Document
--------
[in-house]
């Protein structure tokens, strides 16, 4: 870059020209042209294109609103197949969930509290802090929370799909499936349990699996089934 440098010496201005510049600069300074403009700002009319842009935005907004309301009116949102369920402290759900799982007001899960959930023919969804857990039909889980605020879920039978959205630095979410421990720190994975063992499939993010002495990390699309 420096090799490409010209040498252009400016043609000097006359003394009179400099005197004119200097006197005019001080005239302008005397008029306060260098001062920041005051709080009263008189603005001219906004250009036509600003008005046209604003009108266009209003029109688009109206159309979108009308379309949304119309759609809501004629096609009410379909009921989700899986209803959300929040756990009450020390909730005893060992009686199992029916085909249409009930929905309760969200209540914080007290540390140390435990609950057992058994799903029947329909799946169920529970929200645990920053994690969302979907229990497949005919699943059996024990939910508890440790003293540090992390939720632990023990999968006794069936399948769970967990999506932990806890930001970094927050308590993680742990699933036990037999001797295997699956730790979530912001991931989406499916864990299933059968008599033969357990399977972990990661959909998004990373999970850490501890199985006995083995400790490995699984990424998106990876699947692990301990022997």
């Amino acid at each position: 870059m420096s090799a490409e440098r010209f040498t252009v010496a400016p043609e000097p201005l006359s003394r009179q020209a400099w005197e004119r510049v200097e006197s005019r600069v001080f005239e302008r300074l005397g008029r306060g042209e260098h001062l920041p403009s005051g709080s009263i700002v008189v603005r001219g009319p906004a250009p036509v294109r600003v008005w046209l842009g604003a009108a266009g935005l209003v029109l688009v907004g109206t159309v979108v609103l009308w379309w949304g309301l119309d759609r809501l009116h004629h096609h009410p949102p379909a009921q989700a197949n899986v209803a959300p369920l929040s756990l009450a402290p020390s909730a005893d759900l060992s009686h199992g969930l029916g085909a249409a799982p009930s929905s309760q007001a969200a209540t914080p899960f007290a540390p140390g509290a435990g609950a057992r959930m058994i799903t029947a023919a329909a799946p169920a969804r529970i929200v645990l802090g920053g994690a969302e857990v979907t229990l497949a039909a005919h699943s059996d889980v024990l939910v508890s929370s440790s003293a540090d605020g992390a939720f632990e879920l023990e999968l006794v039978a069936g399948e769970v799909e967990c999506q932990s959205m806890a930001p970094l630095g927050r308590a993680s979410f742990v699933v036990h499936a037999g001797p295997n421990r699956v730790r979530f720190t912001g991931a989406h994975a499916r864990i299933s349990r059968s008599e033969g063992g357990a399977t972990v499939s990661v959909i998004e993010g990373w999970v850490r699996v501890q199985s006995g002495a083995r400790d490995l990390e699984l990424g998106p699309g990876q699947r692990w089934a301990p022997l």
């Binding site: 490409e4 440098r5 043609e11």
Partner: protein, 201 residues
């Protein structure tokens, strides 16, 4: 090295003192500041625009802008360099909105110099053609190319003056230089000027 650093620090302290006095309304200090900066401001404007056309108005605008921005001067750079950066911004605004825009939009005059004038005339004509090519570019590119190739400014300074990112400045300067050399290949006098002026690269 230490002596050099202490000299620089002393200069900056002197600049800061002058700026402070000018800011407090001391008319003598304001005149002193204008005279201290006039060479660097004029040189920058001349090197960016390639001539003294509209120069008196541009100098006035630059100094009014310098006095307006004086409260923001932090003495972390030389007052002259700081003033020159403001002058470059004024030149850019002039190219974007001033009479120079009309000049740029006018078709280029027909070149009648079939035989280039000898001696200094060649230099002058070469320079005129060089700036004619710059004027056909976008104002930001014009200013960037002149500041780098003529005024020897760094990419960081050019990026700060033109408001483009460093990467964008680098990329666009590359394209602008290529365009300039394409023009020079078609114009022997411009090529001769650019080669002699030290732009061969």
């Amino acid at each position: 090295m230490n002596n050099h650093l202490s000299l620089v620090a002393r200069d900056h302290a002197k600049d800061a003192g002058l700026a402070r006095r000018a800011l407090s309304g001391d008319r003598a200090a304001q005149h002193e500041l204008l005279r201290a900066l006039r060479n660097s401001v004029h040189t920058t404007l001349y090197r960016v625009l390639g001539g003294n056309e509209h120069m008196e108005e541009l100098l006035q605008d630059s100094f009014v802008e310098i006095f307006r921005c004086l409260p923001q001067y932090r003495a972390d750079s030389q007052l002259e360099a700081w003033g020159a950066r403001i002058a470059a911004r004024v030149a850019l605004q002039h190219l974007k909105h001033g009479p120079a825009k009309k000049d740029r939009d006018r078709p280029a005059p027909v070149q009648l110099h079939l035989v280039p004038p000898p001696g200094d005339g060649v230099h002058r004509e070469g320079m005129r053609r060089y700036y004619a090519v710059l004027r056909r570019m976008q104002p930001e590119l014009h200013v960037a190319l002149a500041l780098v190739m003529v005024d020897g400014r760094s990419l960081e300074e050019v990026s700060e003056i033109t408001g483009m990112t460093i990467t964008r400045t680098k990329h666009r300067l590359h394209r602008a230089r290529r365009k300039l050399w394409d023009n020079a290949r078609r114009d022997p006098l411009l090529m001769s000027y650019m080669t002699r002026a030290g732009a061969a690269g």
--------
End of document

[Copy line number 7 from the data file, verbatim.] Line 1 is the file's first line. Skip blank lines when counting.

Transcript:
């Amino acid at each position: 090295m230490n002596n050099h650093l202490s000299l620089v620090a002393r200069d900056h302290a002197k600049d800061a003192g002058l700026a402070r006095r000018a800011l407090s309304g001391d008319r003598a200090a304001q005149h002193e500041l204008l005279r201290a900066l006039r060479n660097s401001v004029h040189t920058t404007l001349y090197r960016v625009l390639g001539g003294n056309e509209h120069m008196e108005e541009l100098l006035q605008d630059s100094f009014v802008e310098i006095f307006r921005c004086l409260p923001q001067y932090r003495a972390d750079s030389q007052l002259e360099a700081w003033g020159a950066r403001i002058a470059a911004r004024v030149a850019l605004q002039h190219l974007k909105h001033g009479p120079a825009k009309k000049d740029r939009d006018r078709p280029a005059p027909v070149q009648l110099h079939l035989v280039p004038p000898p001696g200094d005339g060649v230099h002058r004509e070469g320079m005129r053609r060089y700036y004619a090519v710059l004027r056909r570019m976008q104002p930001e590119l014009h200013v960037a190319l002149a500041l780098v190739m003529v005024d020897g400014r760094s990419l960081e300074e050019v990026s700060e003056i033109t408001g483009m990112t460093i990467t964008r400045t680098k990329h666009r300067l590359h394209r602008a230089r290529r365009k300039l050399w394409d023009n020079a290949r078609r114009d022997p006098l411009l090529m001769s000027y650019m080669t002699r002026a030290g732009a061969a690269g």